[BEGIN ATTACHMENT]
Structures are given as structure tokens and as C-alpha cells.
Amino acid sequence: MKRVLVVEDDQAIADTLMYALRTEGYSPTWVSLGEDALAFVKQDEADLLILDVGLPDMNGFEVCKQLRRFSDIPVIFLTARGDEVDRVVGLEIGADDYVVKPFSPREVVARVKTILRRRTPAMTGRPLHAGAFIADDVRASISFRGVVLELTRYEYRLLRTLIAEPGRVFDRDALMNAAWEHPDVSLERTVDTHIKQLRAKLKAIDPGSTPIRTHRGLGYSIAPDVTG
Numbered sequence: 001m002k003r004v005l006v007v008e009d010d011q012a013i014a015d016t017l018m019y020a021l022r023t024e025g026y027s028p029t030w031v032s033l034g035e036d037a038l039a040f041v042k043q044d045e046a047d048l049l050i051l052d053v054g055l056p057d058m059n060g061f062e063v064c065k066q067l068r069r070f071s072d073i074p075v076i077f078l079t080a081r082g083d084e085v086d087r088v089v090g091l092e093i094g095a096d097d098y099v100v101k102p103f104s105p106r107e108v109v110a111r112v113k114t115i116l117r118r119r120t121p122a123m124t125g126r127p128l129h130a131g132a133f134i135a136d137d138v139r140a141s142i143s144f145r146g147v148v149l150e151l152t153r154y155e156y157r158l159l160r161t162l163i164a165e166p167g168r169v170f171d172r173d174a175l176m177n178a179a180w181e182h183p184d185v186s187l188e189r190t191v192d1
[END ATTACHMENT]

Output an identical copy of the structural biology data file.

Structures are given as structure tokens and as C-alpha cells.
Amino acid sequence: MKRVLVVEDDQAIADTLMYALRTEGYSPTWVSLGEDALAFVKQDEADLLILDVGLPDMNGFEVCKQLRRFSDIPVIFLTARGDEVDRVVGLEIGADDYVVKPFSPREVVARVKTILRRRTPAMTGRPLHAGAFIADDVRASISFRGVVLELTRYEYRLLRTLIAEPGRVFDRDALMNAAWEHPDVSLERTVDTHIKQLRAKLKAIDPGSTPIRTHRGLGYSIAPDVTG
Numbered sequence: 001m002k003r004v005l006v007v008e009d010d011q012a013i014a015d016t017l018m019y020a021l022r023t024e025g026y027s028p029t030w031v032s033l034g035e036d037a038l039a040f041v042k043q044d045e046a047d048l049l050i051l052d053v054g055l056p057d058m059n060g061f062e063v064c065k066q067l068r069r070f071s072d073i074p075v076i077f078l079t080a081r082g083d084e085v086d087r088v089v090g091l092e093i094g095a096d097d098y099v100v101k102p103f104s105p106r107e108v109v110a111r112v113k114t115i116l117r118r119r120t121p122a123m124t125g126r127p128l129h130a131g132a133f134i135a136d137d138v139r140a141s142i143s144f145r146g147v148v149l150e151l152t153r154y155e156y157r158l159l160r161t162l163i164a165e166p167g168r169v170f171d172r173d174a175l176m177n178a179a180w181e182h183p184d185v186s187l188e189r190t191v192d1